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Vittorio Veneto
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The battle of Vittorio Veneto, northern Italy – Autumn 1918

Map of the action at Vittorio Veneto

The town of Vittorio Veneto came into being on the 27th September 1866 when, under the reign of Vittorio Emanuele II, the two old towns of Ceneda and Serravalle, set in the foothills of the Alps in the Veneto, north of Venice, Italy, decided to unite under the name of Vittorio. The name of Vittorio Veneto is now linked as a setting for one of the closing actions of the Great War, the above map identifying the general location.

After the Italians joined the Allies in 1915 their army, augmented by British and French troops, faced the Austro-Hungarian empire in northern Italy.

Field Marshall Count Luigi Cadorna, the son of General Raffaele Cadorna – who led the Risorgimento and took Rome in 1870 – reorganised the Italian army prior to the First World War and led the fighting in north Italy under King Vittorio Emmanuel III, the nominal Commander-in-Chief.

With the collapse of the Russian front and the peace treaty signed in March 1918, the Axis forces were able to release more troops. Ludendorf, facing considerable difficulties on the Western Front against the Allies needed relief and hoped this might be accomplished by a counter-attack. At his insistence the Austrian-Hungarian alliance decided to move against northern Italy in a pincer movement, attacking Asiago in the north and Piave in the east.

Ferdinand Foch had been appointed Chief of the General Staff and then Supreme Allied Commander in March 1918 following intense lobbying by Georges Clemenceau, the French Prime Minister.

At this stage, not only were the Austrians being pressured by the allies in Italy, they were unable to obtain relief from Germany due to the problems they were facing on the Western Front with the success of the allied initiatives there.

Meanwhile, in Italy, Field Marshal Cadorna was relieved of his duties and his place taken by Field Marshal Armando Diaz who appeared to be unwilling to mount a major campaign despite the success of the allies in June. However, minor operations continued to apply pressure against the Austrians. Plans were put in hand at the insistence of Foch and General Frederick Lambart, 10th Earl of Cavan, Commander-in-Chief of the British forces in Italy, to attack the Austrians on the river Piave with the purpose of advancing to Vittorio Veneto and splitting the Austrian line between those on the plain and those in the mountains, exposing the latter to the threat of being rolled up from the south.

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The Austro-Hungarians were able to provide fifty-two divisions to face the allies. The Italians had four armies ranged against them, the Third, Eighth, Tenth and Twelth comprising fifty-seven divisions which included three British – the 7th (which had seen action at Bullecourt), 23rd and 48th – and two French divisions with a single American regiment.

In June, the opposing forces were relatively evenly balanced and the fighting confused. The Austrian attack initially made some ground but the allied counter-attack regained that and more, the Austrians suffering over 50,000 casualties, the majority of them at Asiago.

Their confidence sapped by a combination of losses and German requests for help on the Western Front Austria joined Germany in their request to President Wilson for an armistice in the beginning of October 1918.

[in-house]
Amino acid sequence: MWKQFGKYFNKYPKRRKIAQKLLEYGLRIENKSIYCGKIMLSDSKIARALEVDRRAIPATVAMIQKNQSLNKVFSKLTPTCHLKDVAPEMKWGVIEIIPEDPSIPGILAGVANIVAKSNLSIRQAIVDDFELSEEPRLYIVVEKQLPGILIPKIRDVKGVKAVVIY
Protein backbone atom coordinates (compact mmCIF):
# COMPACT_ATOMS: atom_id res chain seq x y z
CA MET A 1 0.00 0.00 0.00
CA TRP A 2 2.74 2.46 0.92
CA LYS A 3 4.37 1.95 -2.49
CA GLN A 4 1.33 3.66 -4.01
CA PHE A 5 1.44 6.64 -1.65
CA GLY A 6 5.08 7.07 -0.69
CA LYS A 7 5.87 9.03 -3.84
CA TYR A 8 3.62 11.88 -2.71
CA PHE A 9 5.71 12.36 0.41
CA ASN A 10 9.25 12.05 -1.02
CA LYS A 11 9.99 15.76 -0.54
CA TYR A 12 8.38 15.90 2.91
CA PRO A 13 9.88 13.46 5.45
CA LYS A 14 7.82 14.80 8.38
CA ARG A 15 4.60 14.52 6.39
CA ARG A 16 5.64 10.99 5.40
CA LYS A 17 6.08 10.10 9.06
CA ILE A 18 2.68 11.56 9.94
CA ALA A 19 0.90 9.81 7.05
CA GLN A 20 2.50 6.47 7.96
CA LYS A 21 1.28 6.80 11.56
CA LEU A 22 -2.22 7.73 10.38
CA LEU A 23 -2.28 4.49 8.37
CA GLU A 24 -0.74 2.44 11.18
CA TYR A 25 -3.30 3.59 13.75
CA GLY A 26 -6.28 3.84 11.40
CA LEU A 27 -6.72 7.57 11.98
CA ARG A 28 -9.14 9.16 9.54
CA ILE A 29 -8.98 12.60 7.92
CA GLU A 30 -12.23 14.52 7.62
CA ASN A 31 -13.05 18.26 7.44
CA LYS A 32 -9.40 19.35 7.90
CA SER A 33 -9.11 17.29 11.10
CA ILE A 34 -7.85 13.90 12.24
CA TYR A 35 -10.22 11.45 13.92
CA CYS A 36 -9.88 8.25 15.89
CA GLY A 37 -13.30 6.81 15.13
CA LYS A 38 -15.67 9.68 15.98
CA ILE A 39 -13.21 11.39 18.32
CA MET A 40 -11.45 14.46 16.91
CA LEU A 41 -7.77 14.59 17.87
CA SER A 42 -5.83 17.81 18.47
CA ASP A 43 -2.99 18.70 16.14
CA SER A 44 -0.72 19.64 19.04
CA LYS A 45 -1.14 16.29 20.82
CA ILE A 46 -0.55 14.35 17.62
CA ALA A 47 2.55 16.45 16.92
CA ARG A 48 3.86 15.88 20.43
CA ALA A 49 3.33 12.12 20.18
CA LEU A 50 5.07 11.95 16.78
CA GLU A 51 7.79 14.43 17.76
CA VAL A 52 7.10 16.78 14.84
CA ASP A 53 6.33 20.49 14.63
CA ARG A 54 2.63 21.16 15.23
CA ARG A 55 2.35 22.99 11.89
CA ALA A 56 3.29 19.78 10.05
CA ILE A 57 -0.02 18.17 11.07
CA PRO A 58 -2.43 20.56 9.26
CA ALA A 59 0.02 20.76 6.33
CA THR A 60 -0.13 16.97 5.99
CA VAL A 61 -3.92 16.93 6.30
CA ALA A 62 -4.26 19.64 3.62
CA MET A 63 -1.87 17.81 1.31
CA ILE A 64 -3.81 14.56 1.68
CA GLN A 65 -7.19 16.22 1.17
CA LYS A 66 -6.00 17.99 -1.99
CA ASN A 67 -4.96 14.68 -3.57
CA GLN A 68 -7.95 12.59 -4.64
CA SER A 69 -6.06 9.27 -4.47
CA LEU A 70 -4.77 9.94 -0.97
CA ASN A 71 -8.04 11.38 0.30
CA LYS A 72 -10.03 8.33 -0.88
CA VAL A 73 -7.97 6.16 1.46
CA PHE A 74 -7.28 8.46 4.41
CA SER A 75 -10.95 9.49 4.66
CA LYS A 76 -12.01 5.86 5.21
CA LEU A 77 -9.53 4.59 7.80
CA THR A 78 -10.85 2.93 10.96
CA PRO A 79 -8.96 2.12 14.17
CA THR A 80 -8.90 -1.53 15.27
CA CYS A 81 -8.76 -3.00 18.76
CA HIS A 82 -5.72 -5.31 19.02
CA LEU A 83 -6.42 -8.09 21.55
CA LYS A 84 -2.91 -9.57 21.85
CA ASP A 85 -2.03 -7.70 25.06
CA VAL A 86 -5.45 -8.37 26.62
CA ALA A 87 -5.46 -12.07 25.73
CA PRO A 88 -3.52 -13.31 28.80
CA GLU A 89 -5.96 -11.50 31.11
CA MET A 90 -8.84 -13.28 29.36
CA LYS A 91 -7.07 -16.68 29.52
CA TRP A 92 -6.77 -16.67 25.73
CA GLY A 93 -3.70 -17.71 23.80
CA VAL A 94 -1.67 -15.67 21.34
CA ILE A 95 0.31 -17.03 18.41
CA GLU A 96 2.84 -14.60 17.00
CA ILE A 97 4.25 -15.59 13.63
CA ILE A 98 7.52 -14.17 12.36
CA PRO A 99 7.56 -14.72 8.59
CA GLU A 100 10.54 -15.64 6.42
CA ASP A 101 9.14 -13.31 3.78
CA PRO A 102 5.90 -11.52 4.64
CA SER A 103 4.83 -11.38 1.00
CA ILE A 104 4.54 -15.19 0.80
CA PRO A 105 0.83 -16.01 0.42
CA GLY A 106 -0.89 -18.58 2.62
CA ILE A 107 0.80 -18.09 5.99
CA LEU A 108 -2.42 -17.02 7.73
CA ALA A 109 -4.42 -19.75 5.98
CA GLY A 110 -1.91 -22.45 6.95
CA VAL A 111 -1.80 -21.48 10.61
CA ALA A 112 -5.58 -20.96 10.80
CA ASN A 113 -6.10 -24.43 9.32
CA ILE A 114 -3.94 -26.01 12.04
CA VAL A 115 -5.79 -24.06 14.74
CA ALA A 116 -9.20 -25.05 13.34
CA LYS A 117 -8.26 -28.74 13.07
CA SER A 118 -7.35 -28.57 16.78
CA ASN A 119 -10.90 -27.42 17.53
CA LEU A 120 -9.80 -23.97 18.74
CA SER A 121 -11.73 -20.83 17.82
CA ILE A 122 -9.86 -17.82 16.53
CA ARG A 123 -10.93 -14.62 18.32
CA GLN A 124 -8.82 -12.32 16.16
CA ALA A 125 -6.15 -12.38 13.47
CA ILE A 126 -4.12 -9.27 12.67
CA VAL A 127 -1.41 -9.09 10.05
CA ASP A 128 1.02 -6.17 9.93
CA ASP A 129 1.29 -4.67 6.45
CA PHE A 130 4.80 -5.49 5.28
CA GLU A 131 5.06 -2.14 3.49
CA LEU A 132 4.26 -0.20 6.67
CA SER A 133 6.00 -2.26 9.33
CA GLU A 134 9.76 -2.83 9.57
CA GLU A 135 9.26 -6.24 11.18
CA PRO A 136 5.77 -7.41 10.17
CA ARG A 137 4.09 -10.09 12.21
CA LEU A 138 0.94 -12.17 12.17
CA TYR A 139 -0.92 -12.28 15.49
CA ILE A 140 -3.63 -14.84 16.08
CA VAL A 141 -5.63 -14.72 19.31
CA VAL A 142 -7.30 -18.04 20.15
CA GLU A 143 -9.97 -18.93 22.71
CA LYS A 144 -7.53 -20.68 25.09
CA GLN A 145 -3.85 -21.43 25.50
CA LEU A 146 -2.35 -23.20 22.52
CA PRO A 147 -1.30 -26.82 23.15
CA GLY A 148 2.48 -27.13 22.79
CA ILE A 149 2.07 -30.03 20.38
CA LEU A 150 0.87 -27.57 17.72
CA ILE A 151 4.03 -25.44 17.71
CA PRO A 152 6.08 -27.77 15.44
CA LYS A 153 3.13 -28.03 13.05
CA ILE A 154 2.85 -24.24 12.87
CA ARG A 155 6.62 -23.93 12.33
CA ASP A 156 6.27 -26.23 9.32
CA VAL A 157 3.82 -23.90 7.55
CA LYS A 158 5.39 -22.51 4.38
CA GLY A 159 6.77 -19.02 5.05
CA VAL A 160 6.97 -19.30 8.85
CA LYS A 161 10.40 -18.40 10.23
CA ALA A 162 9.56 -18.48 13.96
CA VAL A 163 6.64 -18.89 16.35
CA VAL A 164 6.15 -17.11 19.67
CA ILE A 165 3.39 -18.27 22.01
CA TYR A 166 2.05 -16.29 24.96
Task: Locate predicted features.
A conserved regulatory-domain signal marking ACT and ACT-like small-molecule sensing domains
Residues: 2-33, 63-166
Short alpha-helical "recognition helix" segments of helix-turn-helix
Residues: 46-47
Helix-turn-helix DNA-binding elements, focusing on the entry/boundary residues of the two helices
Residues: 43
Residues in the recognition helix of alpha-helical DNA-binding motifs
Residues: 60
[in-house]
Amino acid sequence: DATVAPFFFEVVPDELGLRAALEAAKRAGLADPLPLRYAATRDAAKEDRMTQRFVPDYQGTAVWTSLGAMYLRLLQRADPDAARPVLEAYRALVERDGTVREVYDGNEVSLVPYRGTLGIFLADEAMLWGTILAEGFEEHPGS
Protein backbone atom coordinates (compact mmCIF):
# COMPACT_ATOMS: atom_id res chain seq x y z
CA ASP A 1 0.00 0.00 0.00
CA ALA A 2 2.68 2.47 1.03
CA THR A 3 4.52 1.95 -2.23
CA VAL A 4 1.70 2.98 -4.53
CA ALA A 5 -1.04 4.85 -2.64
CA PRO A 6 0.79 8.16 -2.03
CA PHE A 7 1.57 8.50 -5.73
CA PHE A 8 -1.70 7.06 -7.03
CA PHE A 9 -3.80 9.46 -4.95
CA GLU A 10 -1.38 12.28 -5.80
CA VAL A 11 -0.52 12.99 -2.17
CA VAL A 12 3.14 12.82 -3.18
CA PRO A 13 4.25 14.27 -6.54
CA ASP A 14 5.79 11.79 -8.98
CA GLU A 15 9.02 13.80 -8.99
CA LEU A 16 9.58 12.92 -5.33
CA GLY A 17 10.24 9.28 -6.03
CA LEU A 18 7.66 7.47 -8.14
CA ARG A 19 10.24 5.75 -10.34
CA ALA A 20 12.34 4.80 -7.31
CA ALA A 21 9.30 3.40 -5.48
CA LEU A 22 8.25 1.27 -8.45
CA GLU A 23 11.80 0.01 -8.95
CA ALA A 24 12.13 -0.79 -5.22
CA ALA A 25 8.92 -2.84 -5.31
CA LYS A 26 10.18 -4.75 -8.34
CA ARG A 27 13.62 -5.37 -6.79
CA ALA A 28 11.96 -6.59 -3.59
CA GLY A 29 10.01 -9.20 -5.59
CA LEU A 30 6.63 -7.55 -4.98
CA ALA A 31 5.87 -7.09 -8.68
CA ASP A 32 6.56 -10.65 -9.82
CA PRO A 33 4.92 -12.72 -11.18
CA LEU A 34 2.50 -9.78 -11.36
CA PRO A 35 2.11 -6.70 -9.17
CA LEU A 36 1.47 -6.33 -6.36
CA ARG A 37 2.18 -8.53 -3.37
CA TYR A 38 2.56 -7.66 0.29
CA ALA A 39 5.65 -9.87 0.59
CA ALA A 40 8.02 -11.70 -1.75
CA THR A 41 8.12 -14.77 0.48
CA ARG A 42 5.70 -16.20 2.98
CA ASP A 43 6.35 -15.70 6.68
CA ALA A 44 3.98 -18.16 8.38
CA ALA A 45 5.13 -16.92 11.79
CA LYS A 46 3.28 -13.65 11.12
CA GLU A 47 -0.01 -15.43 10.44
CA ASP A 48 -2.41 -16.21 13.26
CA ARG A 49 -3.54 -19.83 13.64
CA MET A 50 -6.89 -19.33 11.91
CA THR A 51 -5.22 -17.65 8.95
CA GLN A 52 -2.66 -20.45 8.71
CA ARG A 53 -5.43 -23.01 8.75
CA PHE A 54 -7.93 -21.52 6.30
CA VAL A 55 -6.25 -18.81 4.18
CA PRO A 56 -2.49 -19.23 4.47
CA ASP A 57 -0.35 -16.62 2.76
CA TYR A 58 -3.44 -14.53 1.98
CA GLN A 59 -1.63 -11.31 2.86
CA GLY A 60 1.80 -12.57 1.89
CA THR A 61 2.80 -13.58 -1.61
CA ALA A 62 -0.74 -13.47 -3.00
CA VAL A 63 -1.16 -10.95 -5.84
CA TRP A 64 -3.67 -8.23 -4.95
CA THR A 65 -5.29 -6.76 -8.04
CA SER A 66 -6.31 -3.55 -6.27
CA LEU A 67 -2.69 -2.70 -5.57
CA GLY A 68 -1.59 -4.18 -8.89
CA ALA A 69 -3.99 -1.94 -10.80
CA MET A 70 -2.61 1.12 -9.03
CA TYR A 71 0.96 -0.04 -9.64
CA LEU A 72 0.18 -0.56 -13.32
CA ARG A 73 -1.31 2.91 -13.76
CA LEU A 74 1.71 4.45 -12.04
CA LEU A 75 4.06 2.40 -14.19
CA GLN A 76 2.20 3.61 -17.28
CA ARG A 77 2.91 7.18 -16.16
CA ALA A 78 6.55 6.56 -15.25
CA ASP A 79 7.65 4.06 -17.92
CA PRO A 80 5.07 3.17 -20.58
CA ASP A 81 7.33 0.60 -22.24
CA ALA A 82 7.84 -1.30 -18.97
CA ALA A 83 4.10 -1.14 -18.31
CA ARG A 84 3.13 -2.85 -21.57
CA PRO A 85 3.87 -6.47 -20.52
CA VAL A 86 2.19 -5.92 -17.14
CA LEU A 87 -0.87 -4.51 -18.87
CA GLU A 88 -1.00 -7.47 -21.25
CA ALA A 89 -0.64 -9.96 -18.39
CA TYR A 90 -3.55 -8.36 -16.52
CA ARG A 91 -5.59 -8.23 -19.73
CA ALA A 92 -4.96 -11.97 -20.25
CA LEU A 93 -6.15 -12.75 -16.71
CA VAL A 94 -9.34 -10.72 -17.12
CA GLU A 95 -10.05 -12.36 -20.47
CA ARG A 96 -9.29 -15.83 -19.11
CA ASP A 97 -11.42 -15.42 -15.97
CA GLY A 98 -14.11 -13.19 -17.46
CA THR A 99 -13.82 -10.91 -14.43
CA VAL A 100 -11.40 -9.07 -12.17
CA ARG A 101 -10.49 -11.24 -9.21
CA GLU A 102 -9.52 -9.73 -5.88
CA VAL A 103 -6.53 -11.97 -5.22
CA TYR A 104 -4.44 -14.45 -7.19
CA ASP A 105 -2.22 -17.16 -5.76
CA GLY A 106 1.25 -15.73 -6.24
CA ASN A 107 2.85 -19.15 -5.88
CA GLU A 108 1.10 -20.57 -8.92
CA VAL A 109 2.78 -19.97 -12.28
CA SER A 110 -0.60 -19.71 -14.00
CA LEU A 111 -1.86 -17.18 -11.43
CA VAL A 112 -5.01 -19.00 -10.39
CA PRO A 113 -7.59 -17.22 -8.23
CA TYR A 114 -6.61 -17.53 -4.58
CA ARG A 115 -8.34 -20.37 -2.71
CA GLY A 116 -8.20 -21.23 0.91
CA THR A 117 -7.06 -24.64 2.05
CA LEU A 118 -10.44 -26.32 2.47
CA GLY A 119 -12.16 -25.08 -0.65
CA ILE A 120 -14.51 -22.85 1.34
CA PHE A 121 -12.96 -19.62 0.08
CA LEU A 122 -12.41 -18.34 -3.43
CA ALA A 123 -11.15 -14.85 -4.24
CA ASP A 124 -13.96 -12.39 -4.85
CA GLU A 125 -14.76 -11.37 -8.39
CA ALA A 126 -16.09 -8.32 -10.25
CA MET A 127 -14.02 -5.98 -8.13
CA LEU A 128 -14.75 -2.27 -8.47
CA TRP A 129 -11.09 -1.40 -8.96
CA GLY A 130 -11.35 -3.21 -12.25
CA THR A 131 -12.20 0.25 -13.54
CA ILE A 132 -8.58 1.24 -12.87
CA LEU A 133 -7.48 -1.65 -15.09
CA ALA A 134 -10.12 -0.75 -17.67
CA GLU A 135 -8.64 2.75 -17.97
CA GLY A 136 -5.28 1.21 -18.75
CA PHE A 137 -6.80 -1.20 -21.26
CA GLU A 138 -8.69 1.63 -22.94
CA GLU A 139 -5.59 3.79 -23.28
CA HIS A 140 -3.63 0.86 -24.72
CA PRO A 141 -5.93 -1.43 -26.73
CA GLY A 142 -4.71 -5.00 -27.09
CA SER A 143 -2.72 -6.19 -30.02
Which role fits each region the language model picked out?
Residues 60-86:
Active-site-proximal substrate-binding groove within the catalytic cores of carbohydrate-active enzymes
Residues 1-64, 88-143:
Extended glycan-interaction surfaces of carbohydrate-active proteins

In the meantime Field Marshal Diaz had reorganised the allies into two armies: the Tenth under the command of General Cavan, and the Twelfth under General Graziani. By the beginning of October the allies now had sixty divisions facing sixty-one Austro-Hungarian divisions, though they had a considerable superiority in guns.

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The river Piave flows across the Adriatic plain from the Alps to the Adriatic east of Venice in a south-easterly direction. It is broad in places and contains a number of islands, the largest of them being Papadopoli, about four miles long. In the evening of the 23rd October 1918, the 22nd Brigade of the 7th Division, which included the 2/1st Battalion of the Honourable Artillery Company – and Lance Corporal Harry Cassini – began the process of crossing the river in twelve flat-bottomed boats.

The defence by the Austro-Hungarian troops was not that spirited, no boats were hit and the platoons landed with few casualties. Regrettably, one of those was my granduncle, Harry Cassini, his best friend, my grandfather, having been killed previously at Bullecourt.

The allied presence on the island were consolidated and, four days later, the British attacked the bund on the east bank of the river and took it immediately, by the end of the day advancing three kilometres away from the river.

The next day the British expanded their three bridgeheads and advanced to the river Monticano which, despite strong opposition, they crossed driving the Austrians before them, but finding themselves tired, running out of supplies and moving too far ahead of the Italians on their flank.

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Vittorio Veneto

Nevertheless, the advance continued despite the above problems with the Eighth army taking Vittorio Veneto on the 30th October and the Third and Tenth armies driving on to the river Livenza but stopping on the 31st October to await supplies. The advance was continued on the 1st November and the river Tagliamento was crossed but, on the 3rd November 1918, a general armistice was signed at Padua and the advance halted.

A week later, at 11.00 am. on the 11th November 1918, the Germans signed the armistice at Compiègne in northern France, which formally brought to an end the war in Europe.

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